just that in the Garden of Eden, and life could have gone on. But it
could not be. Once the law was broken, there was an impassable rift
between humanity and God, and we would continue to break the law from
that day on. If God could modify that law to correct the situation, He
would have. But the only way to reconcile us to God was to present
Himself as a sacrifice to atone for our sin. Jesus’ death allowed us to
be officially reconciled with God (2 Corinthians 5:19).
Before the cross, those that believed in the Messiah looked forward
to His coming, in faith that He would make the atonement for them and
win their eternal life. Abraham had faith that God would accomplish
this very thing. We are privileged to live after the cross, because
our salvation is an established fact of history. We have more
information than Abraham and all the Old Testament people had. But
still we fail to understand.
If Jesus' death on the cross does not change our lives
and our behavior, then He died in vain. We must not just acknowledge
His death; we must accept it and all its implications for us. It
requires of us a change of life: "Therefore we are buried with him by
baptism into death: that like as Christ was raised up from the dead by
the glory of the Father, even so we also should walk in newness of
life...Knowing this, that our old man is crucified with him, that the
body of sin might be destroyed, that henceforth we should not serve
sin" (Romans 6:4,6).
When we accept Christ's sacrifice in our stead, we are given a new
lease on life. Old habits and the thoughts and attitudes that held us
in bondage can be removed if we permit the grace of Christ to effect a
change in our life. God desires to give us a better life—a life of
joy, peace, and freedom from sin (2 Corinthians 5:17). Christ did not
make the infinite sacrifice to secure for us the privilege of
continuing to break the commandments of God. Sin is the transgression
of the law, and the wages of sin is death (1 John 3:4; Romans 6:23).
The law is not meant to be a burden of heavy rules. It is the way of
happiness. God does not say “thou shalt not...” because He wants to
restrict our happiness and make life a drudgery. He tells us these
rules because without them, we would truly be in misery. The endless pain and
sorrow on this planet is a result of broken rules.
When a child is hit by a drunk driver, or abducted and killed by
someone bent on murder, we suffer the pain and sorrow of broken rules.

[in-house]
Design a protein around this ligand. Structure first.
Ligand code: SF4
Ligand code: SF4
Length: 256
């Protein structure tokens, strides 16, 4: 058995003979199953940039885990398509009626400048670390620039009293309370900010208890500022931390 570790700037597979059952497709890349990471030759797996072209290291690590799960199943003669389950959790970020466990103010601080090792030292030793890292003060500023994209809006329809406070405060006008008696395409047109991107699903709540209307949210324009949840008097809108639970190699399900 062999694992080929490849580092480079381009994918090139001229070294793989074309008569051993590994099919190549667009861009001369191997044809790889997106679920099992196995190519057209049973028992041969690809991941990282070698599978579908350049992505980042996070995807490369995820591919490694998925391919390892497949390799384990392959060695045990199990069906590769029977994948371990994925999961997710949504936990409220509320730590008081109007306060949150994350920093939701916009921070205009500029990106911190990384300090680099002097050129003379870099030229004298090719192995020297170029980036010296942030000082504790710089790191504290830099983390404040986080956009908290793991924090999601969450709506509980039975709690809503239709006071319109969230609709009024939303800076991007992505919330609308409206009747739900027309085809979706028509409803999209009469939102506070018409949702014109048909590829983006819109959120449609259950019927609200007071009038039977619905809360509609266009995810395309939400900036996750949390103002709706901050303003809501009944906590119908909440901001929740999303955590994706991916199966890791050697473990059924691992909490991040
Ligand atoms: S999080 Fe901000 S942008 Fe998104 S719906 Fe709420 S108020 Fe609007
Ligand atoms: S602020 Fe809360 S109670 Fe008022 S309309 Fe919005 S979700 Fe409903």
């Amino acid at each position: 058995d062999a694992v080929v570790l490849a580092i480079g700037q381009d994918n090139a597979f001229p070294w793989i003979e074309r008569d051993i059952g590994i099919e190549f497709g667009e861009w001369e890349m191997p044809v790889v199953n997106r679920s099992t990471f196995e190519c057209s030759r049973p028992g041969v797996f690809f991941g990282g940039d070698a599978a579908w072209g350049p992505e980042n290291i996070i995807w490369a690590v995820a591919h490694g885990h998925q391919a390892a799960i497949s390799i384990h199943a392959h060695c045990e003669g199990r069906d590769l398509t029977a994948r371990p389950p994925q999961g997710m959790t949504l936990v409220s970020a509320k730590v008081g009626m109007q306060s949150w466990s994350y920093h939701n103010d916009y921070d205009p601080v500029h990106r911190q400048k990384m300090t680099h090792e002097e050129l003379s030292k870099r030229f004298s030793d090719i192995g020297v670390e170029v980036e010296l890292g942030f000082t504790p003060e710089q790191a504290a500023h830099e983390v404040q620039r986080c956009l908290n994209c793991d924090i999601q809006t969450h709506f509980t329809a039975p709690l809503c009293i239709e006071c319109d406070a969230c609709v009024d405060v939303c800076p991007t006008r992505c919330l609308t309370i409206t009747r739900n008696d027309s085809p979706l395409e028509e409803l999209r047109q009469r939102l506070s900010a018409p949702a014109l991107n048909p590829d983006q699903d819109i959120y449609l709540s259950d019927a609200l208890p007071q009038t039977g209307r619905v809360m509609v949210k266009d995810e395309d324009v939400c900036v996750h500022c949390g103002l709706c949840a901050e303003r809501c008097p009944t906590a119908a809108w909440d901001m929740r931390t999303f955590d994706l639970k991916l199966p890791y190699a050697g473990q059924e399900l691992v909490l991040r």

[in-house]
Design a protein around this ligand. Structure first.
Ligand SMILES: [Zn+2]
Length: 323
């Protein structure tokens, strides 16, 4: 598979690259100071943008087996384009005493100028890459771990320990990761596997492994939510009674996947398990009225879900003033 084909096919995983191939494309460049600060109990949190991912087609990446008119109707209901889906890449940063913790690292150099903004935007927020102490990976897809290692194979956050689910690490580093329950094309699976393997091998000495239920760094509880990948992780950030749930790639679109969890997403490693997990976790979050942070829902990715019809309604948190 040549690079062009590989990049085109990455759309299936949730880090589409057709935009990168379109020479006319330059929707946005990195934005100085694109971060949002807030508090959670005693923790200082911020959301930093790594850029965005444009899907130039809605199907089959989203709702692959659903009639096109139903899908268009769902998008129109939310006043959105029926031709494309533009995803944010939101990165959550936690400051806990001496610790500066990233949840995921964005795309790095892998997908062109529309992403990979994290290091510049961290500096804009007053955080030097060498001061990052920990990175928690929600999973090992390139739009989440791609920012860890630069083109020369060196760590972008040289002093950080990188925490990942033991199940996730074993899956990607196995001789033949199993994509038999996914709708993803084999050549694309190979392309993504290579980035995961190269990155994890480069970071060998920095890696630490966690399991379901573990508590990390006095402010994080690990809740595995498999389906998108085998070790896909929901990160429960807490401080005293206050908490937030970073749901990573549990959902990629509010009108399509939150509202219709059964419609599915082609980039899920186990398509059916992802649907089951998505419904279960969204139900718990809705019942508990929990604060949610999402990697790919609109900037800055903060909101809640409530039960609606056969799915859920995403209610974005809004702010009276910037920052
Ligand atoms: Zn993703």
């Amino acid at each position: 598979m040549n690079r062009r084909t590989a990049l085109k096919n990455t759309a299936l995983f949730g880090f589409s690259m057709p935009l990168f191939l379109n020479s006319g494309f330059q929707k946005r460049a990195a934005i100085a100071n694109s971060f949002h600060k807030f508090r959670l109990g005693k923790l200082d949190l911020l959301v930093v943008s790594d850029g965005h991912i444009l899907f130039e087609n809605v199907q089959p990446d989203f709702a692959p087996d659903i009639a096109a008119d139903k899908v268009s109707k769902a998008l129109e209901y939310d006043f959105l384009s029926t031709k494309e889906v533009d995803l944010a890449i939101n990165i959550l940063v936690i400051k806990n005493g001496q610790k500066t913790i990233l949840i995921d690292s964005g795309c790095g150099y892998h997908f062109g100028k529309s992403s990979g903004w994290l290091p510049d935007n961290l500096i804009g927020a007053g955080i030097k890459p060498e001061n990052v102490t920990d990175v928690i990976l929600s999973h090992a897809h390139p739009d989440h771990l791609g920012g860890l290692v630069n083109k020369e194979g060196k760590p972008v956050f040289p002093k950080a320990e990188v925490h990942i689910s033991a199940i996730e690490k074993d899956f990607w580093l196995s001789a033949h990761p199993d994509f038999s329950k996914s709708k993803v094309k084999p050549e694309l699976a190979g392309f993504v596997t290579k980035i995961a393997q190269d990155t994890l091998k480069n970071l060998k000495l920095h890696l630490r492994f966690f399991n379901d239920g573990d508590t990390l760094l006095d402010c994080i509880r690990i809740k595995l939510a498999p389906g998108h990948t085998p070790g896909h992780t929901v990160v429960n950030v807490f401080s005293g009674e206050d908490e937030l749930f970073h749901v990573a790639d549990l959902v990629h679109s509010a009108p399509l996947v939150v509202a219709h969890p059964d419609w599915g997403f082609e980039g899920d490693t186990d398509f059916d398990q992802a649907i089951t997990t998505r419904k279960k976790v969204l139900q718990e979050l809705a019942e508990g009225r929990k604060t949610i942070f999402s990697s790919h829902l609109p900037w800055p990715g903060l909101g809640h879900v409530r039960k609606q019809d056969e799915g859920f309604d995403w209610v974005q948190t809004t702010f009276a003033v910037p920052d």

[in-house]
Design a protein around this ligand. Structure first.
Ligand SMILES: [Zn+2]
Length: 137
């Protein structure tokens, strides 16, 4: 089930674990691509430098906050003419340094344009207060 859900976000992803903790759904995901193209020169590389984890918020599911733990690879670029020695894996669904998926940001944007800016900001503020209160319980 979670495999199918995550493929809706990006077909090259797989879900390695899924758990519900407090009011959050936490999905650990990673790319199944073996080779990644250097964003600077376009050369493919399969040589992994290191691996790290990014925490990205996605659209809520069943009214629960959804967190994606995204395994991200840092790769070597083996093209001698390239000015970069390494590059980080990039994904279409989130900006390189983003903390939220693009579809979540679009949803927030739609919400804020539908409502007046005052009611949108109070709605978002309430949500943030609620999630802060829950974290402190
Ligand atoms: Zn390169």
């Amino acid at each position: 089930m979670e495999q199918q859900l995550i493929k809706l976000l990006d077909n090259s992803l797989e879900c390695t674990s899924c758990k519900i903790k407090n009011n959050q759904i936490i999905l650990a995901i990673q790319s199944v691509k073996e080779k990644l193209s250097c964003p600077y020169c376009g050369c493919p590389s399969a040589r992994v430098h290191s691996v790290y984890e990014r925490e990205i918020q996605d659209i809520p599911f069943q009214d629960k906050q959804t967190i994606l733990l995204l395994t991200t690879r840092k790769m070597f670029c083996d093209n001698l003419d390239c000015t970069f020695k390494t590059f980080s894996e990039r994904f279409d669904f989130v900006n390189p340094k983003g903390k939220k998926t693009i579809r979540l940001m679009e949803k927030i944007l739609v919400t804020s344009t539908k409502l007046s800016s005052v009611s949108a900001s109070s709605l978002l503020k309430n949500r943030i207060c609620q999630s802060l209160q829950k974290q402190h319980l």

If we learned to see God's guidelines as the door to happiness, we would be able to
experience more joy and contentment.
To those who desire release from the bondage of sin, Jesus is the
answer. Because He conquered death and sin in His life, death, and
resurrection, we have hope and confidence that He can do the same in
Jesus took on the form of humanity so that no one can
say that Jesus doesn’t understand. If God thought that we could get out
from under the devil's torture in our own strength, He would not have
sent His Son the way He did. If the Gospel is: “we sin, we die, we do
right, we live,” then we could solve everything by our
own good behavior.
Instead, He was born to unmarried parents so He could relate to everyone
conceived out of wedlock, born in a barn so He knows what it feels like
to be poor, went to Egypt so He knows what culture shock and living
as a refugee is like, and lived in Nazareth so that He experienced the
ghettos. He hung nailed to a cross unable to move so He
can tell what it feels like to be in agony, trapped and helpless. He knows what
rejection is (Matthew 27:46). He felt the burden of the sin
of our lives so we never have to wonder if there is anyone who knows
how we feel. He made a choice to feel our pain, so we would be safe to
share our pain with Him—so we can trust Him and know He cares.
Jesus’ death seemed like Satan’s final victory blow, but Jesus’
resurrection was the triumphal display of victory over Satan. When Adam
and Eve sinned, Satan won dominion of this world and his government
reigned. As long as the Messiah had not yet come, Satan was an
undefeated foe. Satan had hurled every possible cruelty upon
Jesus, after which Jesus cried "it is finished," and died. But because Jesus
resurrected from the dead, Satan became a defeated foe. The world that
Satan once claimed as his has been reclaimed by Jesus.
Jesus is the only one that could redeem us from sin. Jesus is God. Before He lived on Earth, He had lived and worked with the Father in heaven and He loved us
(John 1:1-3). When Jesus lived here on Earth, He linked Himself to the
human race with ties that will never be broken.
Because of all this, we now can TRULY be God's sons and daughters (Ephesians 1:5-6). That doesn't mean we are mini-gods. It does mean, though, that we are privileged to be viewed by God as though we had never sinned
(1 John 3:1).
The most important thing to remember, however, is that Christ’s work
is not finished! Just because He died on the cross to accomplish our
redemption does not mean that He leaves us on our own. There
are perhaps some that would prefer to keep Him as a tragic figure, a
good example, or a hero that did a great deed, but that isn’t how it
is. We need Him as much now as we ever did. He does not—He cannot—leave us
just because He has gained the victory over Satan's hold on Earth
and its inhabitants.
Satan, after all, is not yet gone. God promises to
strengthen us in all our difficulties (Isaiah 41:10). He promises to be
with us in the deep waters and fiery trails of life (Isaiah 43:1-2).
And He promises to finish the work He started and bring us to a new
place where there is no more sin (Philippians 1:6; Revelation 21:4).
Christ's job of atoning for our sin is not yet complete. We have not yet
been reconciled with God to the point of Adam and Eve before sin. We
don’t yet enjoy the company of God face–to-face in a world of peace
with no death, pain, or sorrow. That is still to come. Today Jesus
ministers for us in heavenly places, and His work in heaven is as
important as His death on the cross.
Have you accepted Jesus as your Saviour and Lord? If you haven’t given your life over to Him, don’t
waste another moment.